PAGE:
17 Article The impact of homocysteine, B 2019

Falasca, Katia / Di Nicola, Marta / Di Martino, Giuseppe / Ucciferri, Claudio / Vignale, Francesca / Occhionero, Alessandro / Vecchiet, Jacopo. ·Clinic of Infectious Diseases - Department of Medicine and Science of Aging, University "G. d'Annunzio" Chieti-Pescara, Pescara, Italy. k.falasca@unich.it. · Laboratory of Biostatistics, Department of Medical, Oral and Biotechnological Sciences, University "G. d'Annunzio" Chieti- Pescara, Pescara, Italy. · School of Hygiene and Preventive Medicine - Department of Medicine and Science of Aging, University "G. d'Annunzio" Chieti-Pescara, Pescara, Italy. · Clinic of Infectious Diseases - Department of Medicine and Science of Aging, University "G. d'Annunzio" Chieti-Pescara, Pescara, Italy. · Department of Medicine and Health Sciences, University of Molise, Campobasso, Italy. ·BMC Infect Dis · Pubmed #30717694.

ABSTRACT: BACKGROUND: The correlation among high levels of total homocysteine, low levels of B METHODS: 57 HIV infected were enrolled and underwent the serum measurement of homocysteine, B CONCLUSIONS: In this study serum homocysteine, B

18 Article Efficacy and tolerability of lamivudine plus dolutegravir compared with lamivudine plus boosted PIs in HIV-1 positive individuals with virologic suppression: a retrospective study from the clinical practice. 2019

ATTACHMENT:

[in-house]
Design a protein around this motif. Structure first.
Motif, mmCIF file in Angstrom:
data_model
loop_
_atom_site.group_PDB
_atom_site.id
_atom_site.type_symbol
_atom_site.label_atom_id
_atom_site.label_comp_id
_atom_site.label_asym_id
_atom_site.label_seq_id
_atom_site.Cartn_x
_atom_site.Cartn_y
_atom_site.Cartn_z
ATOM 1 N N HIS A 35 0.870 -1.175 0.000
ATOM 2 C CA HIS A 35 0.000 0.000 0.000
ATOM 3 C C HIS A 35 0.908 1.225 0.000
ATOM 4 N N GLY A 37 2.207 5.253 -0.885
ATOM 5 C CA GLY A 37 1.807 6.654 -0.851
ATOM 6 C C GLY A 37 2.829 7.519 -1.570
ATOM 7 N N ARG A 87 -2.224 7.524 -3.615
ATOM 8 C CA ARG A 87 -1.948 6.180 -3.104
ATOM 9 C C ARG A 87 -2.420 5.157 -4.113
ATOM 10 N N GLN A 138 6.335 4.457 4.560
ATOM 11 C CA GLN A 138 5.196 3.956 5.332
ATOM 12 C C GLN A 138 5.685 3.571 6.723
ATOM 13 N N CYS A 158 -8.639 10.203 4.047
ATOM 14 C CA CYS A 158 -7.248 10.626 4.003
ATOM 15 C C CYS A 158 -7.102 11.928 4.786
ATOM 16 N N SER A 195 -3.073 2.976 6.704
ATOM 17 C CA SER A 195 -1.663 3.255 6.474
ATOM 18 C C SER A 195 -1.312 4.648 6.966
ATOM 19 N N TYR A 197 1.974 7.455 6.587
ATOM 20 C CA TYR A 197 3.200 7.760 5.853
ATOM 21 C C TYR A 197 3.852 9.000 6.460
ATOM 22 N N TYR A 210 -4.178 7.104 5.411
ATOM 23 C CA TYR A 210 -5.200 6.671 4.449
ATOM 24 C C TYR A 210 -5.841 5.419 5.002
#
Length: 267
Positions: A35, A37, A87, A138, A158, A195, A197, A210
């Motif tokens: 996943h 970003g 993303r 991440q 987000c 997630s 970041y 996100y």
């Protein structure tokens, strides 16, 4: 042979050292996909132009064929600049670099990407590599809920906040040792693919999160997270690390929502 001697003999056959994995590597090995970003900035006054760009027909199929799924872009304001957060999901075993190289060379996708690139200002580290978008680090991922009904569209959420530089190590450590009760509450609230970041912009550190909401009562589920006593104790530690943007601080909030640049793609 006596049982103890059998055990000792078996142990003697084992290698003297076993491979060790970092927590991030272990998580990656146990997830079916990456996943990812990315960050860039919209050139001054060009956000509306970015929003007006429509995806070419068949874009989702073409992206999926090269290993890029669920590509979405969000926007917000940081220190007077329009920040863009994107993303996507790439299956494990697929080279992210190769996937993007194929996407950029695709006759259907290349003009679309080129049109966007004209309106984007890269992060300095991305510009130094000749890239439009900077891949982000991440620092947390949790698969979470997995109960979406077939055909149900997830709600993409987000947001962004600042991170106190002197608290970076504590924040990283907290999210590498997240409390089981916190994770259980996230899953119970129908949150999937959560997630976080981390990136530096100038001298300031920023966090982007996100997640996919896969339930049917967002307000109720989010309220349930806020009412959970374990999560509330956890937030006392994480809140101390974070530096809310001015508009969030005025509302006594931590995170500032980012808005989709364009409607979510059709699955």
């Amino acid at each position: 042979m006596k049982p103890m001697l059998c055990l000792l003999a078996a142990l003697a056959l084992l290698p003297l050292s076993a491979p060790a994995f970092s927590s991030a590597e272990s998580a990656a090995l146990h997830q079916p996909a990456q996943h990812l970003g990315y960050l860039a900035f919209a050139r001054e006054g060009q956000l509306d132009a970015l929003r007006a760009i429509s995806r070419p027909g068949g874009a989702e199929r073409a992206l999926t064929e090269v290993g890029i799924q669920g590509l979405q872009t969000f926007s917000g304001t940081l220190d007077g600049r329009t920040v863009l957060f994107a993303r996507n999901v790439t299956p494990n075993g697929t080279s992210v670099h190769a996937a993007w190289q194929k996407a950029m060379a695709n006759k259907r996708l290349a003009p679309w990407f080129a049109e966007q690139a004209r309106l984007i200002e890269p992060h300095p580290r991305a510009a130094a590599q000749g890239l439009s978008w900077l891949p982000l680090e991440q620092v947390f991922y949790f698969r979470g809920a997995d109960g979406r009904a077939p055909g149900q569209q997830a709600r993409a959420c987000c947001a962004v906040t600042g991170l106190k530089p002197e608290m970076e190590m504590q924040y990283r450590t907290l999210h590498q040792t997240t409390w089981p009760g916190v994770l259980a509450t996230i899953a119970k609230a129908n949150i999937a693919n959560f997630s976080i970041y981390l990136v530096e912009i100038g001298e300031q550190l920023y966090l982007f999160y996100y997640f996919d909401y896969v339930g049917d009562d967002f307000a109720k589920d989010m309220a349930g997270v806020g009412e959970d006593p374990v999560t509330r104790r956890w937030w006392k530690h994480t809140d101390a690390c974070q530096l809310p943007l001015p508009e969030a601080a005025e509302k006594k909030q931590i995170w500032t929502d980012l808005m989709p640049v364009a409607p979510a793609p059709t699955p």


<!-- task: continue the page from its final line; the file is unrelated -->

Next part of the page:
Borghetti, Alberto / Lombardi, Francesca / Gagliardini, Roberta / Baldin, Gianmaria / Ciccullo, Arturo / Moschese, Davide / Emiliozzi, Arianna / Belmonti, Simone / Lamonica, Silvia / Montagnani, Francesca / Visconti, Elena / De Luca, Andrea / Di Giambenedetto, Simona. ·Institute of Clinical Infectious Diseases, Catholic University of Sacred Heart, Policlinico Gemelli, Rome, Italy. · Infectious Diseases Unit, Siena University Hospital, Viale Mario Bracci, 53100, Siena, Italy. · Infectious Diseases Unit, Siena University Hospital, Viale Mario Bracci, 53100, Siena, Italy. andrea.deluca@unisi.it. ·BMC Infect Dis · Pubmed #30654739.

ABSTRACT: BACKGROUND: Direct comparisons between lamivudine plus bPIs and lamivudine plus dolutegravir as maintenance strategies in virologically-suppressed HIV positive patients are lacking. METHODS: Time to treatment discontinuation (TD) and virological failure (VF) were compared in a cohort of HIV+ patients on a virologically-effective ART starting lamivudine with either darunavir/r, atazanavir/r or dolutegravir. Changes in laboratory parameters were also evaluated. RESULTS: Four-hundred-ninety-four patients were analyzed (170 switching to darunavir/r, 141 to atazanavir/r, 183 to dolutegravir): median age was 49 years, with 8 years since ART start. Groups differed for age, HIV-risk factor, time since HIV-diagnosis and on ART, previous therapy and reasons for switching. Estimated proportions free from TD at week 48 and 96 were 79.8 and 48.3% of patients with darunavir/r, 87.0 and 70.9% with atazanavir/r, and 88.2 and 82.6% with dolutegravir, respectively (p < 0.001). Calendar years, HIV-risk factor, higher baseline cholesterol and an InSTI-based previous regimen predicted TD, whereas lamivudine+dolutegravir therapy and previous tenofovir use were protective. VF was the cause of TD in 6/123 cases with darunavir/r, 4/97 with atazanavir/r and 3/21 with dolutegravir. Other main reasons for TD were: toxicity (43.1% with darunavir/r, 39.2% with atazanavir/r, 52.4% with dolutegravir), further simplification (36.6% with darunavir/r, 30.9% with atazanavir/r, 14.3% with dolutegravir). Incidence of VF did not differ among study groups (p = 0.747). No factor could predict VF. Lipid profile improved in the dolutegravir group, whereas renal function improved in the bPIs groups. CONCLUSIONS: In real practice, a switch to lamivudine+dolutegravir showed similar efficacy but longer durability than a switch to lamivudine+bPIs.